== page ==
A Goose Died Last Night – Hunting Is Becoming Personal


Hunting “season” is non-stop. It’s year-round for one species or another. Our village is surrounded by hunting grounds, and often the sounds and sights encroach on the business of the day. People here are so used to hearing gunfire as they go about their business, classes, lives, that little attention is paid to the fact that animals are being wiped out nearby for someone’s amusement, as people sip coffee.

After dark, a call came in from a friend who had almost tripped over a large bird who seemed to be resting along the side of the building where she lived. She said the bird was alert at that time but not moving. It was now the following morning and she ran downstairs to see if he had flown off. No, he hadn’t, he was still there.

When I arrived, I realized that the large bird was a Canada goose who was very dead. We turned him over to discover a bloody spot on his belly, and the sad reality of what happened dawned on us. He had been shot by hunters, most likely at a nearby farm. He was no doubt shot while in flight, but had managed to stay in the air for a short time before careening to the ground where he lay alive for at least 10 hours. Where he fell was a lonely spot in New Paltz Village, if you can imagine a lonely spot in any Village. Even on this holiday weekend, no one noticed him there.

We took the goose’s body to a veterinarian who agreed to x-ray him or her as the most expedient way of determining if he had been shot.

As we suspected, two very bright dots appeared on the x-ray; one was deep in the flesh where the bloody wound was apparent on the light feathered underbelly; and the other shotgun pellet, which came as a surprise, was in the wing, causing it to fracture. Neither shot was immediately fatal. This goose was wounded, would never fly again, and after 10 long hours of agony would be dead.

It was not a big deal to the hunters, game managers, or most people. Only his mate and other family members and friends would know – if they themselves survived. There’s no Nancy Grace of the wildlife kingdom to go after the perpetrators. What happened to him was perfectly legal Sept. 1, 2009.

I ask the following questions for several reasons: a) for the bird himself or herself, b) for people who could have been injured, for property that could have been destroyed – cars, windows, and so on.

Should there have been damage, who would have paid for the repairs and possible injury from broken glass?

Should someone have tripped or fallen over the goose’s body in the dark, who would have paid for a possible lawsuit against the landlord?

Most importantly, who pays for this poor, broken individual goose whose family and friends must now fend for themselves, whose mate now lives a life alone with nothing but a broken heart? If he hadn’t died, who would/should have paid his veterinary expenses?

Following the investigation, my husband and I drove around to find a resting place for this bird. If it were the olden days, I would have placed his poor body on the steps of the DEC to let them see the flesh and blood result of their promotion of hunting. But we’ve grown up. The action would not result in change. Our battle now becomes political and rests deep in our hearts as a driving force to keep going until we win a reprieve for the animals from hunting.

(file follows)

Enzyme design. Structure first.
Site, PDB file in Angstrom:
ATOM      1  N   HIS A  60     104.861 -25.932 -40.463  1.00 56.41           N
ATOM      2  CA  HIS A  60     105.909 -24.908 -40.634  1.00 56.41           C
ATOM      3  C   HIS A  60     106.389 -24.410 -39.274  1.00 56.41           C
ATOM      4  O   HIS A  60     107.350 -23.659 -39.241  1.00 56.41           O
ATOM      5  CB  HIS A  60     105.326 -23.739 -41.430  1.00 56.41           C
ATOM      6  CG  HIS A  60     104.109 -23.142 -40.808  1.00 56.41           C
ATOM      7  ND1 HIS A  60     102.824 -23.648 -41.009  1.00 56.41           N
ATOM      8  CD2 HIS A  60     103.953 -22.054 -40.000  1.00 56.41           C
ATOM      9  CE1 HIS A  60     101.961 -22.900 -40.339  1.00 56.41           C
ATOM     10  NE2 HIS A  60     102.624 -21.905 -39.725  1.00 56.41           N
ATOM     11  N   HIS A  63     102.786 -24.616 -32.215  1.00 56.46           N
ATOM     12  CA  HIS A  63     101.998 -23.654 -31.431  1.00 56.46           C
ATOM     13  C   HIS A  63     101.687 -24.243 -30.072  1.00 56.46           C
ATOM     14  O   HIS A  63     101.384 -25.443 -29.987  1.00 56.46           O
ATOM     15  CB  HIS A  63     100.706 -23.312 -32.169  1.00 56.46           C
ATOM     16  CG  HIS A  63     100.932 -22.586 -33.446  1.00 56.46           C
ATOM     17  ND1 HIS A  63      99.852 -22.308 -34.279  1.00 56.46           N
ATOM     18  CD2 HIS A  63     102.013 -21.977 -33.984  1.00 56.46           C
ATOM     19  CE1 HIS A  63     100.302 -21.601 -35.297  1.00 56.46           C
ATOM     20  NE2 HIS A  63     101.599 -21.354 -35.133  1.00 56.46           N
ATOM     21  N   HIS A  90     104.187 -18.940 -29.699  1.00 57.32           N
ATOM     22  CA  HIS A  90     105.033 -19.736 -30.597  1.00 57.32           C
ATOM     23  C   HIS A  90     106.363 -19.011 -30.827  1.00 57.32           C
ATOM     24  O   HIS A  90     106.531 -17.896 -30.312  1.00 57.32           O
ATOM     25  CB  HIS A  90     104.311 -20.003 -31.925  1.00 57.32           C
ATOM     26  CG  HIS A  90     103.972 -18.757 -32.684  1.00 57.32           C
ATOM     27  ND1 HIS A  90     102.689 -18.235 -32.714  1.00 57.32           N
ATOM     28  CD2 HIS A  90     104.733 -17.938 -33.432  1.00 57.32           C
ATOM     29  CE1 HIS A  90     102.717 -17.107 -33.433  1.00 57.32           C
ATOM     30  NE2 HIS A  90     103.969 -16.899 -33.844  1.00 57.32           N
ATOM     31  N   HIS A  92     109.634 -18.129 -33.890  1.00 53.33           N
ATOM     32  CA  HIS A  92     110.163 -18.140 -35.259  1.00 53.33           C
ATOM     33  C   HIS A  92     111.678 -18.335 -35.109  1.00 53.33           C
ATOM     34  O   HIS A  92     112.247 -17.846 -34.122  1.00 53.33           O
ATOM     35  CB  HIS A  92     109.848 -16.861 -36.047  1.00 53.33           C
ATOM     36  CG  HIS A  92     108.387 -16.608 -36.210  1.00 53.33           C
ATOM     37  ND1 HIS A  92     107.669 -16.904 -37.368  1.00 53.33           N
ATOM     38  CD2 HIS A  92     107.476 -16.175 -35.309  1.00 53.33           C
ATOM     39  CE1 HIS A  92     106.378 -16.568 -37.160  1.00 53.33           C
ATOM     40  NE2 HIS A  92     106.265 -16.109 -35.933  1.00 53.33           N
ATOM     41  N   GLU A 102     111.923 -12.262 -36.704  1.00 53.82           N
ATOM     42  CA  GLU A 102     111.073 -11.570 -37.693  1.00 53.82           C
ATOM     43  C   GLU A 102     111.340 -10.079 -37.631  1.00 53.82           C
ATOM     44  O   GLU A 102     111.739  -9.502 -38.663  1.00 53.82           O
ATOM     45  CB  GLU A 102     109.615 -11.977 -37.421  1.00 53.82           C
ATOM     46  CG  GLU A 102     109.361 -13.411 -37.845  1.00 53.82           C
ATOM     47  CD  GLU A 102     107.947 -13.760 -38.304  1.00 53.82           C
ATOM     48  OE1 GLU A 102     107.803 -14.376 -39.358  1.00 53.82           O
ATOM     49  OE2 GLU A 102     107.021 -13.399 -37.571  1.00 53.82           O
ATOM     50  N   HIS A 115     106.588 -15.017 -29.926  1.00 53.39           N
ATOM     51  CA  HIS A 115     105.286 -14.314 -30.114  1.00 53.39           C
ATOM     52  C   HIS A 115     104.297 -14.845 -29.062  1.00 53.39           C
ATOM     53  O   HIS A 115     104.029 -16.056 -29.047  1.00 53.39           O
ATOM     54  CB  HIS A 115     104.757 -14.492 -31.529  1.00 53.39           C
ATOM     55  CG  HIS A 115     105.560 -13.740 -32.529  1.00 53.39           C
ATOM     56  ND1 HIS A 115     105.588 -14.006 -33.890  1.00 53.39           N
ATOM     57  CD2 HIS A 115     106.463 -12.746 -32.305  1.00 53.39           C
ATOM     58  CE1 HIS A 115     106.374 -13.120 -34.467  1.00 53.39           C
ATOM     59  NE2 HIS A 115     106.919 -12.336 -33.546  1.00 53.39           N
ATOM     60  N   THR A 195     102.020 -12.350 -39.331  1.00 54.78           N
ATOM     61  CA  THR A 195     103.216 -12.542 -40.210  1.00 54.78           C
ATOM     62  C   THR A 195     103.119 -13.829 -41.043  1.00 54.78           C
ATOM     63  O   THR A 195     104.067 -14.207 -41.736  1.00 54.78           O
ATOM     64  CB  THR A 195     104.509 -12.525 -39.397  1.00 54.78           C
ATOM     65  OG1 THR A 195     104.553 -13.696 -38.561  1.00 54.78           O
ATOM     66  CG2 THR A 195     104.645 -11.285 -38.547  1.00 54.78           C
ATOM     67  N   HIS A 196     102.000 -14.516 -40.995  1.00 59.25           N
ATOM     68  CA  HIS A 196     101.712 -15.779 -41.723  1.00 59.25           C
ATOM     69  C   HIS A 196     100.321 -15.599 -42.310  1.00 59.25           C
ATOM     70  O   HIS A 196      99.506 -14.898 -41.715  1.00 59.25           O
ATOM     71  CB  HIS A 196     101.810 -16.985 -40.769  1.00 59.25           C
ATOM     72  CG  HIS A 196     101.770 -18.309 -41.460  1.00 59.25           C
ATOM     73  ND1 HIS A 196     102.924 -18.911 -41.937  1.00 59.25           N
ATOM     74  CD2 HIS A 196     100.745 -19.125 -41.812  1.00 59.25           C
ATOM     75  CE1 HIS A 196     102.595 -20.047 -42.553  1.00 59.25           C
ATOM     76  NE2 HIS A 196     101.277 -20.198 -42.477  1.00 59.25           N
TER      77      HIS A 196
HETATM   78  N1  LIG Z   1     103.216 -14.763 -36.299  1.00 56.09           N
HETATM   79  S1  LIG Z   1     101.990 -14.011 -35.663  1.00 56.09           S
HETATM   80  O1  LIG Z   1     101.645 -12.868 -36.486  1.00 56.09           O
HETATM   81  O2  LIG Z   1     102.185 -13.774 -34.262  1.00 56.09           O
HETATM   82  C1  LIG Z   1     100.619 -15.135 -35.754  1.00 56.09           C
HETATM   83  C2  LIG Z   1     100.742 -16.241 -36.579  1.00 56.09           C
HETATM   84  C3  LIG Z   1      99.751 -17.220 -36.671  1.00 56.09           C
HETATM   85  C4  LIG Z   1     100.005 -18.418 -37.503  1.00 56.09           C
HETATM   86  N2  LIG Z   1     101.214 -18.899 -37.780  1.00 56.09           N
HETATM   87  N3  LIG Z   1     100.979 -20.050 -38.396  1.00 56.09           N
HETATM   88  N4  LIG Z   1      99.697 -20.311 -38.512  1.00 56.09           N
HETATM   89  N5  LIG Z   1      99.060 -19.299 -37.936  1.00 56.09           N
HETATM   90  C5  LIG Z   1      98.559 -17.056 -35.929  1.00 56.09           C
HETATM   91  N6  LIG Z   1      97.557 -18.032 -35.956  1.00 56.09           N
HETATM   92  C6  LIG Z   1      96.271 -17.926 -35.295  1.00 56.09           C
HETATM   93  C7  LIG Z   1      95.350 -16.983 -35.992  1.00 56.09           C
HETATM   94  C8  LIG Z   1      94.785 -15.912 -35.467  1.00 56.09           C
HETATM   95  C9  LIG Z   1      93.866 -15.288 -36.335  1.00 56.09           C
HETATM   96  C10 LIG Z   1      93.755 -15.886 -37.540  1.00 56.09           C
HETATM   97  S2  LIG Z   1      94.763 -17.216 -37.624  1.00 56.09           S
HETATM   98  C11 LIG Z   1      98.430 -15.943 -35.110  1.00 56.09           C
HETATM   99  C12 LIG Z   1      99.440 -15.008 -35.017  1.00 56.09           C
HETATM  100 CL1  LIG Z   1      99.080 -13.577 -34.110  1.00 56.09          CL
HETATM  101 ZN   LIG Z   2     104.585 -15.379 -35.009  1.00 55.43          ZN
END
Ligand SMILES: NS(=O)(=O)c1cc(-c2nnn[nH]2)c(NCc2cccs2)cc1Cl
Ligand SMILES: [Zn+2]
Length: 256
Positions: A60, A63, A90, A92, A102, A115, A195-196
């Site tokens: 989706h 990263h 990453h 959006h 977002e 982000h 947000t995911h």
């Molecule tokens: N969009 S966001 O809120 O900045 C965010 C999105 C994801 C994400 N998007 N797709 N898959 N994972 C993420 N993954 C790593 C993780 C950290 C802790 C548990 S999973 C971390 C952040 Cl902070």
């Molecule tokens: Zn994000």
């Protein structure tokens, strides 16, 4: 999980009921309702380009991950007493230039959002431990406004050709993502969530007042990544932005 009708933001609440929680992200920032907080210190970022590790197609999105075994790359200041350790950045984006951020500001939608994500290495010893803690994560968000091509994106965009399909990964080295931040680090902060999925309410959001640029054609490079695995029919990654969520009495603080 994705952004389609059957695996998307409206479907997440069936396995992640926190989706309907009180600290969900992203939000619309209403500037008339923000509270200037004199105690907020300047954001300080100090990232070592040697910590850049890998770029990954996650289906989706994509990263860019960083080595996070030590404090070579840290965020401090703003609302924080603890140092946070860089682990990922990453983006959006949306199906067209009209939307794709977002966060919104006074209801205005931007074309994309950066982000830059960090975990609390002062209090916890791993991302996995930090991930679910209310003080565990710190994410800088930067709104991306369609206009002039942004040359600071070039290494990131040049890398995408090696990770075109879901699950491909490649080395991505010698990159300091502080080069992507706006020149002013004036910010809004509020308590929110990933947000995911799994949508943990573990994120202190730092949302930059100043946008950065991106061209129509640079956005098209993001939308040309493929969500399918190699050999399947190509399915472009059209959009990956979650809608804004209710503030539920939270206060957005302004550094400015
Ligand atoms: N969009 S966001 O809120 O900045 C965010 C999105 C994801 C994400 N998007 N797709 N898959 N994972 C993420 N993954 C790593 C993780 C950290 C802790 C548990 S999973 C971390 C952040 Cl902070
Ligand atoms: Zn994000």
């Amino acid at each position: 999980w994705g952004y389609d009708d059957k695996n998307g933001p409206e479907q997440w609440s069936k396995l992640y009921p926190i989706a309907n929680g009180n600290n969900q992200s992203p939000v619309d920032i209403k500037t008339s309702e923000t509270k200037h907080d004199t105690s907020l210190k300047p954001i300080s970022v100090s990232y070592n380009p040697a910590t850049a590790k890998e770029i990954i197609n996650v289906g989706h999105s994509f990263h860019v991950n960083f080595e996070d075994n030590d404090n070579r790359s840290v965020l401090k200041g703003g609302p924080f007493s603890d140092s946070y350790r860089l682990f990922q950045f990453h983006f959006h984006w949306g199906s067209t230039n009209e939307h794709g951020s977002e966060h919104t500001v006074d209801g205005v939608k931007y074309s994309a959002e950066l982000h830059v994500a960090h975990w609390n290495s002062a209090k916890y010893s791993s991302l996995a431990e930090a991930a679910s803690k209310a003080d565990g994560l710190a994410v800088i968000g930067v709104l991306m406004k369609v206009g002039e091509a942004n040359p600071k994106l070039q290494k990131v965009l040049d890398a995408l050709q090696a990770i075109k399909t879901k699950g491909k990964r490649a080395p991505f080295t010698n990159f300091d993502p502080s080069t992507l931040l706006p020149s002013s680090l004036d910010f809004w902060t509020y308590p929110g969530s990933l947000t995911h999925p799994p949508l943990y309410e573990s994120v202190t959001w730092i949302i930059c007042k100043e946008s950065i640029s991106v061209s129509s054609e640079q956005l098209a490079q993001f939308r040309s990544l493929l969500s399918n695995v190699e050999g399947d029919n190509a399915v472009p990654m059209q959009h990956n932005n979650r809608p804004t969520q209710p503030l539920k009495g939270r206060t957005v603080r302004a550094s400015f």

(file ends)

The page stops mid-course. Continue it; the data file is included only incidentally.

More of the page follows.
I’ve studied wildlife management, particularly waterfowl management, closely. Since 1994, I attended at least four Atlantic Flyway meetings, some of which were jointly held with waterfowl managers from the Mississippi Flyway. I can tell you with certainty that Canada goose numbers are encouraged for the sheer “sport” of hunting them.

Farms cooperate with wildlife managers to leave unharvested corn so that hunters can harvest Canada geese in the fall. Wildlife management areas, national wildlife refuges, and waterfowl areas are set up to allow full production of geese, other water fowl, and mammals for hunting.

You may ask why in the world this happens. Here’s the answer: Bullets, shot, rifles, shotguns, bows and arrows carry an excise tax that pays into the “Conservation Fund.” It is used for promoting more hunting opportunity, i.e., happy hunting grounds and more animals to kill. This is why the wildlife managers say that hunters support these wild lands. Don’t let them fool you though, you are paying, via your taxes, a 25% matching amount to the federal dollars allocated to the state from this excise tax fund.

Hunters are given privileges to keep them happy and keep the population of birds (huntable targets) high. Hunters can start blasting 30 minutes prior to sunrise and continue through sunset (vague terms allowing for even more hunting). Just as it was turning dark, and I thought I’d heard the last of the shots, several more rang out. What fun for those guys. I wondered if law enforcement officers would get them, but a quick check shows that for the entire region 3, which includes the counties of Dutchess, Putnam, Rockland, Orange, Ulster, Sullivan, and Westchester, there is a mere handful of Encon Officers. That doesn’t bode well for the geese or for the public.


Anne Muller is Editor of the C.A.S.H. Courier.


Contact Us

Committee to Abolish Sport Hunting / C.A.S.H.
P.O. Box 562
New Paltz, NY 12561